The United States Army is reportedly developing a new machine gun capable of withstanding higher chamber pressures and allowing for rifle-like bullet velocities out of firearms both lighter and shorter than the M4.
The firearm will use a new breech and bolt design that allows the action to cycle even under extremely high chamber pressures. This added pressure will, in turn, allow projectile velocities to increase, improving terminal ballistics even in compact, short-barreled weapons. In one test, Army researchers achieved a muzzle velocity of 2,900 feet-per-second from a 10-inch barrel using a cartridge holding only 15 grains of powder. For context, most rifles with 10-inch barrels can only push a 5.56 NATO round 2,500 fps, which limits the round’s effectiveness.
“The goal is to get rifle-like velocities out of a very small weapon that is high capacity, that’s either adaptable for room-clearing or confined spaces,” Zac Wingard, a mechanical engineer at the Combat Capabilities Development Command’s Army Research Laboratory, told TechLink. “Like you’re getting in and out of vehicles or a subterranean environment, but also applicable for remotely operated systems, so think like perimeter security or ground robot or even a drone.”
The Army is hoping the technologies can be developed for use both in small, lightweight firearms like the FN P90 and in full-size sniper rifles and belt-fed machineguns. The breech and bolt design would make smaller firearms more effective and would substantially increase the muzzle velocities of larger firearms.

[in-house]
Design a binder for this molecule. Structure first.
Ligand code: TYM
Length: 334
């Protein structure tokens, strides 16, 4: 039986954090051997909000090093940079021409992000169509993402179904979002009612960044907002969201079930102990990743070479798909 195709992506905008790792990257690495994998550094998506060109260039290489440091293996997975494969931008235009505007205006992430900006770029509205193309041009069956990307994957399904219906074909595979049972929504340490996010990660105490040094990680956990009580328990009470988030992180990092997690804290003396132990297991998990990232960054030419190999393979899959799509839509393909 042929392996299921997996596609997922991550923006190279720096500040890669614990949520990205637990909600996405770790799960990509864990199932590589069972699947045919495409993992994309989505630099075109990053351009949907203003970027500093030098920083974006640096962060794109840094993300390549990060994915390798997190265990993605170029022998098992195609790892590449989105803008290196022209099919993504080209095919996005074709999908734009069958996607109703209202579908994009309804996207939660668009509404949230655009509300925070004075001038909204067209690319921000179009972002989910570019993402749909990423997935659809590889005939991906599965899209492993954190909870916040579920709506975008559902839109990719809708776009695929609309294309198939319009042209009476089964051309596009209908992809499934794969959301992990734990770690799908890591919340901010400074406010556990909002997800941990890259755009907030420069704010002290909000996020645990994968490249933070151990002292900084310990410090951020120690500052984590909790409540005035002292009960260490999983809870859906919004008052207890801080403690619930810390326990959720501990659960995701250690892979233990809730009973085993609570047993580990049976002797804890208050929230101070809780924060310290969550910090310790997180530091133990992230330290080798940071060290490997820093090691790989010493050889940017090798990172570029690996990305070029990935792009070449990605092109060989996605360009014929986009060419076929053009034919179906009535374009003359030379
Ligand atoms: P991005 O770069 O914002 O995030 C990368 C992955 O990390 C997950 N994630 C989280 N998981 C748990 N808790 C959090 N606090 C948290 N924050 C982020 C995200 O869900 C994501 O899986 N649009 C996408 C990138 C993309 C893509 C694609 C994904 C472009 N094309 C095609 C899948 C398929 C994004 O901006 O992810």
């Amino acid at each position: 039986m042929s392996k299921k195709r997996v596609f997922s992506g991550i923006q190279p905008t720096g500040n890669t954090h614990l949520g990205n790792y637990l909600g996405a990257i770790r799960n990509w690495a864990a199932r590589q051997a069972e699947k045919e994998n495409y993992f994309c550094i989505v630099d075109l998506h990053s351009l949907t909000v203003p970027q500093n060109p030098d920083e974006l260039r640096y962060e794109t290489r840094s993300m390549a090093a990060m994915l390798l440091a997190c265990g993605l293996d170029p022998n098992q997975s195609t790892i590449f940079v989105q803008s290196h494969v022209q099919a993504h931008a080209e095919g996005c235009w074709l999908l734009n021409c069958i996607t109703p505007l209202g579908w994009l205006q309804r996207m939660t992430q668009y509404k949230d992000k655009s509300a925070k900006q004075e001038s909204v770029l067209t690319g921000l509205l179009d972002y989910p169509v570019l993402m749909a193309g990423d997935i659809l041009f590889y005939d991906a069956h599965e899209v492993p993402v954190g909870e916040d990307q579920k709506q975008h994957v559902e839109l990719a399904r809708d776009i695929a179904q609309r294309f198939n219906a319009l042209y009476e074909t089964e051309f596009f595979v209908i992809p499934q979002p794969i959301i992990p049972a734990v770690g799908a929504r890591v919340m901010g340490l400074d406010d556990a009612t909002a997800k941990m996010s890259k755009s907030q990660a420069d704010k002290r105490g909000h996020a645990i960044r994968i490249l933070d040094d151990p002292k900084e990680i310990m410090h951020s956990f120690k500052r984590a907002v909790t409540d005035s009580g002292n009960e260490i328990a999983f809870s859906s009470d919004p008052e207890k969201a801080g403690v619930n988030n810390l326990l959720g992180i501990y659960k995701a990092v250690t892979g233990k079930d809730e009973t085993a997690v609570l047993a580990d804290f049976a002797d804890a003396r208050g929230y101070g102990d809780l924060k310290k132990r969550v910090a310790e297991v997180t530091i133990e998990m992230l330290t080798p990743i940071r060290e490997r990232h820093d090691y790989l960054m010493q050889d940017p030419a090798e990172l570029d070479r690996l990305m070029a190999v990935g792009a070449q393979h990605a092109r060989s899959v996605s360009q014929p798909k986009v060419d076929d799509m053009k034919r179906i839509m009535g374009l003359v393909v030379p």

According to TechLink, the U.S. Army’s new 24-inch prototype barrel produced muzzle velocities of 4,600 to 5,750 feet per second. The combustion chamber pressure was increased from 65 ksi to 100 ksi (100,000 pounds per square inch), almost double the pressure seen in the M4 carbine.
“The powder used now in most ammunitions can be tweaked, so it runs at a higher pressure, but the guns can’t handle it,” Alex Michlin, the Army research engineer who invented the new design, told TechLink. “That’s why we designed the new breech, so we can take existing propellant and turn the knob all the way up to 11.”
To accommodate these higher pressures, Michlin developed a bolt that screws into the barrel breech. He also developed a collet that surrounds the cartridge while it’s seated in the chamber, which allows the spent casing to be extracted after firing. The tapered wedges, according to TechLink, reduce extraction forces by 50%, leaving more energy for cycling the bolt.
Velocity matters because, as Clay Martin outlined in a 2016 article, short-barreled rifles chambered in 5.56 struggle to push rounds fast enough (around 2,700 fps) to turn the .22-caliber projectile into a “tissue blender.” If researchers can increase velocities, infantrymen can enjoy the benefits of small calibers like the 5.56 without having to carry rifles with 16+-inch barrels.